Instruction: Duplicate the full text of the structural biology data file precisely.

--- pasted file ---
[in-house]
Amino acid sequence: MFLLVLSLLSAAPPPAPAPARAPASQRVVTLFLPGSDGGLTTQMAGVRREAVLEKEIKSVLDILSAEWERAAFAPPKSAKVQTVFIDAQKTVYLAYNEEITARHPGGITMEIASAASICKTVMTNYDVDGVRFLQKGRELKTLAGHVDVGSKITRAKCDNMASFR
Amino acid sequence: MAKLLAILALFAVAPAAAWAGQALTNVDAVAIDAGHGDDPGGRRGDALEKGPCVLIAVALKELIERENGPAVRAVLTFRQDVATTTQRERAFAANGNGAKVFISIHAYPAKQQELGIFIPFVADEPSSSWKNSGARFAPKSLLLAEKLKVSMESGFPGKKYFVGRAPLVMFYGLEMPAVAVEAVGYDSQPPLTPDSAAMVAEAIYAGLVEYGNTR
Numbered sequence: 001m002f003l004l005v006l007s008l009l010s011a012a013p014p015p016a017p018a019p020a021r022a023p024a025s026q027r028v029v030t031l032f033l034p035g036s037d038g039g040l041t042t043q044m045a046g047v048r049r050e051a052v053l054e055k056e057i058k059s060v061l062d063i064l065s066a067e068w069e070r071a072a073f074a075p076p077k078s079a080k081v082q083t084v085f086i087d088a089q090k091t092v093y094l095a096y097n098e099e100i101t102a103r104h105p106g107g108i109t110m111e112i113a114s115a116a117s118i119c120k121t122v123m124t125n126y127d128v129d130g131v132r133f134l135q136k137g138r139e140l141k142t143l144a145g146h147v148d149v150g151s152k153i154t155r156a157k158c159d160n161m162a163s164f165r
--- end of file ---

[in-house]
Amino acid sequence: MFLLVLSLLSAAPPPAPAPARAPASQRVVTLFLPGSDGGLTTQMAGVRREAVLEKEIKSVLDILSAEWERAAFAPPKSAKVQTVFIDAQKTVYLAYNEEITARHPGGITMEIASAASICKTVMTNYDVDGVRFLQKGRELKTLAGHVDVGSKITRAKCDNMASFR
Amino acid sequence: MAKLLAILALFAVAPAAAWAGQALTNVDAVAIDAGHGDDPGGRRGDALEKGPCVLIAVALKELIERENGPAVRAVLTFRQDVATTTQRERAFAANGNGAKVFISIHAYPAKQQELGIFIPFVADEPSSSWKNSGARFAPKSLLLAEKLKVSMESGFPGKKYFVGRAPLVMFYGLEMPAVAVEAVGYDSQPPLTPDSAAMVAEAIYAGLVEYGNTR
Numbered sequence: 001m002f003l004l005v006l007s008l009l010s011a012a013p014p015p016a017p018a019p020a021r022a023p024a025s026q027r028v029v030t031l032f033l034p035g036s037d038g039g040l041t042t043q044m045a046g047v048r049r050e051a052v053l054e055k056e057i058k059s060v061l062d063i064l065s066a067e068w069e070r071a072a073f074a075p076p077k078s079a080k081v082q083t084v085f086i087d088a089q090k091t092v093y094l095a096y097n098e099e100i101t102a103r104h105p106g107g108i109t110m111e112i113a114s115a116a117s118i119c120k121t122v123m124t125n126y127d128v129d130g131v132r133f134l135q136k137g138r139e140l141k142t143l144a145g146h147v148d149v150g151s152k153i154t155r156a157k158c159d160n161m162a163s164f165r